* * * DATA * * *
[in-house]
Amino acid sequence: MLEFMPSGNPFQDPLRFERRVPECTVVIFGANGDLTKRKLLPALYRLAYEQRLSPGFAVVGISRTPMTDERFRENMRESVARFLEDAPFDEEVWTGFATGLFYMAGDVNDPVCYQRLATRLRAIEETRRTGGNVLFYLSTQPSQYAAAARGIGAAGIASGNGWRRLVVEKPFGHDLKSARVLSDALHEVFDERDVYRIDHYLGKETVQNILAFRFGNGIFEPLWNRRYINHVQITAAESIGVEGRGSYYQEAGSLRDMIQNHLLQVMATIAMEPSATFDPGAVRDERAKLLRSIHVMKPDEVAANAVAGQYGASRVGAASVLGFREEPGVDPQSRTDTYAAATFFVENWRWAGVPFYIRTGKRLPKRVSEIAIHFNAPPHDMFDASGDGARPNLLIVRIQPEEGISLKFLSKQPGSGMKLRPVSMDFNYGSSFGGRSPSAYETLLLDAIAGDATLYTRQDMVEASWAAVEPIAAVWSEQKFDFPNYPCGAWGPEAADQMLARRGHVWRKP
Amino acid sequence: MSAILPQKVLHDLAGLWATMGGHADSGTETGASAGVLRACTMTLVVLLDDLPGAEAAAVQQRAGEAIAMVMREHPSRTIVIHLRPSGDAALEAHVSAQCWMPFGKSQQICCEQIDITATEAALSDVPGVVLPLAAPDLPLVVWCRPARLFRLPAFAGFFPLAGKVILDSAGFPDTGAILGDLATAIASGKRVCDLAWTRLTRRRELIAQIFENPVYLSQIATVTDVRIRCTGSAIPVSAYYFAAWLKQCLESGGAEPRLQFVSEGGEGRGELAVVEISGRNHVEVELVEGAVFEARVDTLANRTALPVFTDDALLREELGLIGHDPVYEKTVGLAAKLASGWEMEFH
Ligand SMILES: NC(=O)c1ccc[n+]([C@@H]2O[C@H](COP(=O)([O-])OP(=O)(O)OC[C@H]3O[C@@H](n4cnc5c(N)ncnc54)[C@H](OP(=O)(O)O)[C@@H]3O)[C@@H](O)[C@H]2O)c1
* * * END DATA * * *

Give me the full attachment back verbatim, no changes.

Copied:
[in-house]
Amino acid sequence: MLEFMPSGNPFQDPLRFERRVPECTVVIFGANGDLTKRKLLPALYRLAYEQRLSPGFAVVGISRTPMTDERFRENMRESVARFLEDAPFDEEVWTGFATGLFYMAGDVNDPVCYQRLATRLRAIEETRRTGGNVLFYLSTQPSQYAAAARGIGAAGIASGNGWRRLVVEKPFGHDLKSARVLSDALHEVFDERDVYRIDHYLGKETVQNILAFRFGNGIFEPLWNRRYINHVQITAAESIGVEGRGSYYQEAGSLRDMIQNHLLQVMATIAMEPSATFDPGAVRDERAKLLRSIHVMKPDEVAANAVAGQYGASRVGAASVLGFREEPGVDPQSRTDTYAAATFFVENWRWAGVPFYIRTGKRLPKRVSEIAIHFNAPPHDMFDASGDGARPNLLIVRIQPEEGISLKFLSKQPGSGMKLRPVSMDFNYGSSFGGRSPSAYETLLLDAIAGDATLYTRQDMVEASWAAVEPIAAVWSEQKFDFPNYPCGAWGPEAADQMLARRGHVWRKP
Amino acid sequence: MSAILPQKVLHDLAGLWATMGGHADSGTETGASAGVLRACTMTLVVLLDDLPGAEAAAVQQRAGEAIAMVMREHPSRTIVIHLRPSGDAALEAHVSAQCWMPFGKSQQICCEQIDITATEAALSDVPGVVLPLAAPDLPLVVWCRPARLFRLPAFAGFFPLAGKVILDSAGFPDTGAILGDLATAIASGKRVCDLAWTRLTRRRELIAQIFENPVYLSQIATVTDVRIRCTGSAIPVSAYYFAAWLKQCLESGGAEPRLQFVSEGGEGRGELAVVEISGRNHVEVELVEGAVFEARVDTLANRTALPVFTDDALLREELGLIGHDPVYEKTVGLAAKLASGWEMEFH
Ligand SMILES: NC(=O)c1ccc[n+]([C@@H]2O[C@H](COP(=O)([O-])OP(=O)(O)OC[C@H]3O[C@@H](n4cnc5c(N)ncnc54)[C@H](OP(=O)(O)O)[C@@H]3O)[C@@H](O)[C@H]2O)c1